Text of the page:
Duchenne Muscular Dystrophy

Muscular dystrophy has several forms.1 Duchenne muscular dystrophy (DMD) is the most common, accounting for over 50% of all cases.1 If you would like to know more about this particular form of muscular dystrophy, you can read information here on the causes and effects of DMD, how and when it typically progresses, and what this means in the longer term for people with DMD.

We will take a look at a protein called dystrophin and explain how mutations in the gene for this important molecule affect the muscles of the body. We talk about how, and where, these mutations happen in the pathway to having a baby.

The information in these articles covers how it is that some people can be carriers without showing signs of having a faulty gene but can pass the gene on to the next generation, and the likelihood of the gene being passed on further in each pregnancy. You can also find out why it is so rare for girls to develop DMD and why only women can be carriers. We discuss what it means to be a carrier, and how regular monitoring is important for all carriers as in some cases carriers may show some signs of disease requiring treatment.

  1. National Institutes of Health. What are the types and symptoms of muscular dystrophy (MD)? Available at https://www.nichd.nih.gov/health/topics/musculardys/conditioninfo/types [last accessed March 2021].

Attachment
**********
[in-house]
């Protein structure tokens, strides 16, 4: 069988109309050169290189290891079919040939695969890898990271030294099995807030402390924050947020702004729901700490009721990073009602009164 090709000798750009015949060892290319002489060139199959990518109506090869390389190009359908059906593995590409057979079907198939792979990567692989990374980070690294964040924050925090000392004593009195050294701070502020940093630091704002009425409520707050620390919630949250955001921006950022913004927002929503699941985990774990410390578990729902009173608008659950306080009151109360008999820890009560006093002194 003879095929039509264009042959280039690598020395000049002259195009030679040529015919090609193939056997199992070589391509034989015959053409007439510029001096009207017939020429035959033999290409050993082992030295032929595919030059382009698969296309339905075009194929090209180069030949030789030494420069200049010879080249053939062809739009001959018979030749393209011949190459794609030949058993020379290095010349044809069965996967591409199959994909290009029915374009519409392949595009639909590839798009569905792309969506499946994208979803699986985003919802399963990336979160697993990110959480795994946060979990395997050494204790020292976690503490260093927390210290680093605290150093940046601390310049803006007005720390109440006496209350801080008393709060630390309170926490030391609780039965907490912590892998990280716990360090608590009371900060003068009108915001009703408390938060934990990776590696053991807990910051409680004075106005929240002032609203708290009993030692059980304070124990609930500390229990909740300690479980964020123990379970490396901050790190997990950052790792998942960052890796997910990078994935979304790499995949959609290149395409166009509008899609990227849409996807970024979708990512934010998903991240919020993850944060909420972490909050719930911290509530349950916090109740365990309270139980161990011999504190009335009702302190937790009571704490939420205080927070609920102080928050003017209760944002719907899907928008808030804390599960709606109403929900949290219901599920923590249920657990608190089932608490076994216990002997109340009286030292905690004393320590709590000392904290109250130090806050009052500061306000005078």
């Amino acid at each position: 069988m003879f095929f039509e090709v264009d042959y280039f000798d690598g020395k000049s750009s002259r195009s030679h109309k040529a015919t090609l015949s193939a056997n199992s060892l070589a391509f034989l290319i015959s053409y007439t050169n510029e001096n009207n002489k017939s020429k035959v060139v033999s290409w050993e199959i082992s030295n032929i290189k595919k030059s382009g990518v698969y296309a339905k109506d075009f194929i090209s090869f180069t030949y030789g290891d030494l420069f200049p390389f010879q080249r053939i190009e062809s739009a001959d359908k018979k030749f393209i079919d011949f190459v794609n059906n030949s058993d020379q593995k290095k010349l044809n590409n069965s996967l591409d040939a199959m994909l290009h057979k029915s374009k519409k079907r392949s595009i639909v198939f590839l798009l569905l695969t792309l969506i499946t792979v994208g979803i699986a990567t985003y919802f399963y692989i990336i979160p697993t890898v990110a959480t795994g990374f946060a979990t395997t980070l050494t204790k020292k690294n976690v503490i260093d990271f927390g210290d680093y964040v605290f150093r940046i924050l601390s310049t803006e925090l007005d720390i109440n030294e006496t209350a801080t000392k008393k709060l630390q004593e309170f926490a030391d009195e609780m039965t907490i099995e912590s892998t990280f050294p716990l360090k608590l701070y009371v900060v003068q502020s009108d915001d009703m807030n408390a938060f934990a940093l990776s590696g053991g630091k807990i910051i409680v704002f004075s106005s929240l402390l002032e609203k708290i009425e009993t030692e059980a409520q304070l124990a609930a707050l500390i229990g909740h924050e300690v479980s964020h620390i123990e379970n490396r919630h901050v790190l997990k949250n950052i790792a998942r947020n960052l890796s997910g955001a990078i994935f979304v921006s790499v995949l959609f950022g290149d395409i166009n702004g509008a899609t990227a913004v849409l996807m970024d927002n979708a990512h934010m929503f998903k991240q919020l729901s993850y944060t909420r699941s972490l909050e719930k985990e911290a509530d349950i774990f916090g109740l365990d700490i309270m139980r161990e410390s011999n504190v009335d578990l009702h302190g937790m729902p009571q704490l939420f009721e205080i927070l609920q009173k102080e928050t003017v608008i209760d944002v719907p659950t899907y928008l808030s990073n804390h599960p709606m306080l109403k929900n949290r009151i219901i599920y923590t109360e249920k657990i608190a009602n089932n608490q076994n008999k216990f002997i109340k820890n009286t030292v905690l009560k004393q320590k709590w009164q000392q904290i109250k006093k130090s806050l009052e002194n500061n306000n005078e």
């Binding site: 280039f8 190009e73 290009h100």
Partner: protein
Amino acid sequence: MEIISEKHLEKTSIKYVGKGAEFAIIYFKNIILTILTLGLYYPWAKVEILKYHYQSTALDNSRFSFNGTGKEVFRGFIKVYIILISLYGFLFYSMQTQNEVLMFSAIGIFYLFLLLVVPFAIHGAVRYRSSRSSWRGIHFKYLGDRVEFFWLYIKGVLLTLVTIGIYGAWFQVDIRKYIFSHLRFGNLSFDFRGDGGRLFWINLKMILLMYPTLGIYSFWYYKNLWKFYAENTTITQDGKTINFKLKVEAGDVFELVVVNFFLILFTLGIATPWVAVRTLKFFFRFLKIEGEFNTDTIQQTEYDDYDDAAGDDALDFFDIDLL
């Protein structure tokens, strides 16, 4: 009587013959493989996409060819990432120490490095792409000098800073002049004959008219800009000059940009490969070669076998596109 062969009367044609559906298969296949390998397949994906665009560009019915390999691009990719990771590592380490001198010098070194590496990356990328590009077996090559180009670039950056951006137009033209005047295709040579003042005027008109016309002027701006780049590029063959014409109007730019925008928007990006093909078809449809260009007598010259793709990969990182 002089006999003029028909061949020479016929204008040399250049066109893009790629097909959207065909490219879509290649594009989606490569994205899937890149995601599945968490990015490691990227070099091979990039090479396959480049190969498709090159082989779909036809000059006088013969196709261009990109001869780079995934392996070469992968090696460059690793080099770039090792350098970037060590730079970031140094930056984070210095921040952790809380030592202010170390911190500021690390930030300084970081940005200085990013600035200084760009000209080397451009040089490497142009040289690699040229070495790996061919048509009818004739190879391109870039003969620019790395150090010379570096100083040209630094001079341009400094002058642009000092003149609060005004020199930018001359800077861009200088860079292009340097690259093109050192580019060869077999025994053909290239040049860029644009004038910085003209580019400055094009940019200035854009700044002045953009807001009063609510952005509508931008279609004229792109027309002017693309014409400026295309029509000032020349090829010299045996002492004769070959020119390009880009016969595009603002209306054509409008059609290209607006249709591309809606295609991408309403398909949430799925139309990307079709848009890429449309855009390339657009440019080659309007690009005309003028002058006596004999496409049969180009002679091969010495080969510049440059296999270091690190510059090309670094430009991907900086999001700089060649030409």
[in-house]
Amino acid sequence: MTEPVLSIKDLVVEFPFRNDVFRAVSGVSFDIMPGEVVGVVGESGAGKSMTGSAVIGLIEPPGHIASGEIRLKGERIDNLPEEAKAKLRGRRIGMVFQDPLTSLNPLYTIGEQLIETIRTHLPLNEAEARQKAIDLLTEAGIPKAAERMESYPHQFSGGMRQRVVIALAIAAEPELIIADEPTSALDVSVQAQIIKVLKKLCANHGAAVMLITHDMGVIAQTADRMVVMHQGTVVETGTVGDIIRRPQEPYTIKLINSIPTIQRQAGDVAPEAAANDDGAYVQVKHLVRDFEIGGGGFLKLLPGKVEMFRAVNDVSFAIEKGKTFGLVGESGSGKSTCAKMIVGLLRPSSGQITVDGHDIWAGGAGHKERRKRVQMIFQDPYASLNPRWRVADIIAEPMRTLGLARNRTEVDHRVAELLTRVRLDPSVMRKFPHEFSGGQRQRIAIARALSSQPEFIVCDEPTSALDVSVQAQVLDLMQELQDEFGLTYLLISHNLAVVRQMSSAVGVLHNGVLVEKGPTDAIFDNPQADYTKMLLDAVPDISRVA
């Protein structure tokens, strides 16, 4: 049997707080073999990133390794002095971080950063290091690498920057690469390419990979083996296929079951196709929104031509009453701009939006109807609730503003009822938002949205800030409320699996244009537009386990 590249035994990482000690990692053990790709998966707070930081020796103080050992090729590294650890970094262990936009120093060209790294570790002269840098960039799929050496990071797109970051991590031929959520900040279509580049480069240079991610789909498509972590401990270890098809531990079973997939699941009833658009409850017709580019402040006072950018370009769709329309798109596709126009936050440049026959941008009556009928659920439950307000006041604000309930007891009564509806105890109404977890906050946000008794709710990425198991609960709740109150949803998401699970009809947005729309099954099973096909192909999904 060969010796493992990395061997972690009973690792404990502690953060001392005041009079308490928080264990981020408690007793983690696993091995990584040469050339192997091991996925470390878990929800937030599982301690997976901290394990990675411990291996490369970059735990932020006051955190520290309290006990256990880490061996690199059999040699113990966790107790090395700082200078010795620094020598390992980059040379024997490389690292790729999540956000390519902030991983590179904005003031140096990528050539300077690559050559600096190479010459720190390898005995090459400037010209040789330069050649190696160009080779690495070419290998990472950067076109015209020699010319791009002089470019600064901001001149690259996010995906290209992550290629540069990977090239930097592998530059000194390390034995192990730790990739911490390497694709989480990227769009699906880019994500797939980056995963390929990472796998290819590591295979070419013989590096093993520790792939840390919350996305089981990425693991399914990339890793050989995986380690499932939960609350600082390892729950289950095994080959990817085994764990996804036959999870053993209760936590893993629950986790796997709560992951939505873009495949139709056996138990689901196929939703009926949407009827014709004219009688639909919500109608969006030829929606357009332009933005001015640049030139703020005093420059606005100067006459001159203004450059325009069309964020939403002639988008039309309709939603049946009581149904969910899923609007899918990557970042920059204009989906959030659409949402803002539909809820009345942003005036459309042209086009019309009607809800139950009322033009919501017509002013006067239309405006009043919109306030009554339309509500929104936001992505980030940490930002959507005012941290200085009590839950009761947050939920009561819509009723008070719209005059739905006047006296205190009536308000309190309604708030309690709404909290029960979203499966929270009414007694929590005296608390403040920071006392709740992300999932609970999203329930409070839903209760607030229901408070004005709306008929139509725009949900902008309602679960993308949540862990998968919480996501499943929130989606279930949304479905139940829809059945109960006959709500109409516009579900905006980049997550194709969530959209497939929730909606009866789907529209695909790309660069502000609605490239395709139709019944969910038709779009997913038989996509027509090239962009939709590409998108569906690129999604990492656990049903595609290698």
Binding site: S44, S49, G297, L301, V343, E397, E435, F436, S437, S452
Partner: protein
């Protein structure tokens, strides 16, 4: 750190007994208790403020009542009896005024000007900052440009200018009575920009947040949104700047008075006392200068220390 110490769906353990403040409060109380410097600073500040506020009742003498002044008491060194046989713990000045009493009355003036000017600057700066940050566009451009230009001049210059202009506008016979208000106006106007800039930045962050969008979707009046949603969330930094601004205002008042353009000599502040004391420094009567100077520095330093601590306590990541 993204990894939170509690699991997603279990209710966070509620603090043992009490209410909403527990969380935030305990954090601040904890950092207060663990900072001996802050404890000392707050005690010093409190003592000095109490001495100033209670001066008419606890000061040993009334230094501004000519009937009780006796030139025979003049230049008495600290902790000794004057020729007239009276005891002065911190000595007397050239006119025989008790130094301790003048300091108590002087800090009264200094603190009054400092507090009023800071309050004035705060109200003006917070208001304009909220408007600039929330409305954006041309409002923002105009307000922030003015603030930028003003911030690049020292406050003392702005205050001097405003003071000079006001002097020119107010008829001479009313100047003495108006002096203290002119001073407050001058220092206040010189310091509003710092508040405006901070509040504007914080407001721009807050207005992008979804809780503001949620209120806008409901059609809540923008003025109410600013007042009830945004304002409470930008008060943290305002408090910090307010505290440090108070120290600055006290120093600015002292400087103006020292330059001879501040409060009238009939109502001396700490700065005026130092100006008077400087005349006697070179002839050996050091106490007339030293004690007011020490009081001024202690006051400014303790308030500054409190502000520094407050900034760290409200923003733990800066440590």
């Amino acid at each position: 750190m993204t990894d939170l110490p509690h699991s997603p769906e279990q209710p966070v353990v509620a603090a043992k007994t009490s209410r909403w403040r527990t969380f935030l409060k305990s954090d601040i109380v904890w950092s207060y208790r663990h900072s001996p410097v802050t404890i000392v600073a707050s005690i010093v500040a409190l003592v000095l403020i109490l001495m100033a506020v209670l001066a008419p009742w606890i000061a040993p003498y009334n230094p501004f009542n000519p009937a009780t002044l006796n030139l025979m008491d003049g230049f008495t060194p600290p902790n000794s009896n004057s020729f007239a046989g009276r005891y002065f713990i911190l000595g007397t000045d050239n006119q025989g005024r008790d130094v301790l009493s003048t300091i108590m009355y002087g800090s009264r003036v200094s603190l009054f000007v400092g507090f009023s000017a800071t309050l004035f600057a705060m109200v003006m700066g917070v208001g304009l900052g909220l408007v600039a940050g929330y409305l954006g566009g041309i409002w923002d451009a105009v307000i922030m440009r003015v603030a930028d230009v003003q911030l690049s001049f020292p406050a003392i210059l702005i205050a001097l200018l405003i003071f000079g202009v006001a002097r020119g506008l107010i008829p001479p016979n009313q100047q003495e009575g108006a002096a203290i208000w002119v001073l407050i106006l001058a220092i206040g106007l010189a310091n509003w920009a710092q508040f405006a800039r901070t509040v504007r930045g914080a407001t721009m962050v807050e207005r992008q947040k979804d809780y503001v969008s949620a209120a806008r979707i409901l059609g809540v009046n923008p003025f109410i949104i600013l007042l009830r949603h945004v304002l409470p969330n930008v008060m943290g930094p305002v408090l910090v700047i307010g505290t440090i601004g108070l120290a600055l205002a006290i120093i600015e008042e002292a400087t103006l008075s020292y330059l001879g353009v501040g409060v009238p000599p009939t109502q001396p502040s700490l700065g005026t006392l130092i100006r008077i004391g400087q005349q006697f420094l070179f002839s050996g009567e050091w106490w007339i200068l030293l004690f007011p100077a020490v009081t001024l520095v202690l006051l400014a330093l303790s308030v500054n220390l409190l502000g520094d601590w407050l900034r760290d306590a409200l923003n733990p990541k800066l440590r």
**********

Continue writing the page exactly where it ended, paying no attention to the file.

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Muscular dystrophy
Neuromuscular disorders
Genetics & inheritance
Duchenne Carriers
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Being aware of developmental milestones is an important consideration for your child’s health. While developmental delay may be nothing to worry about, it can sometimes be a sign of a muscle disorder

Understanding Duchenne: Duchenne muscular dystrophy: what you need to know

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Causes of Duchenne: What causes Duchenne? The importance of dystrophin

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Duchenne inheritance: What does it mean to be a carrier of Duchenne?

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What is the genetic cause of Duchenne muscular dystrophy?

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Duchenne inheritance: How is Duchenne passed through families?

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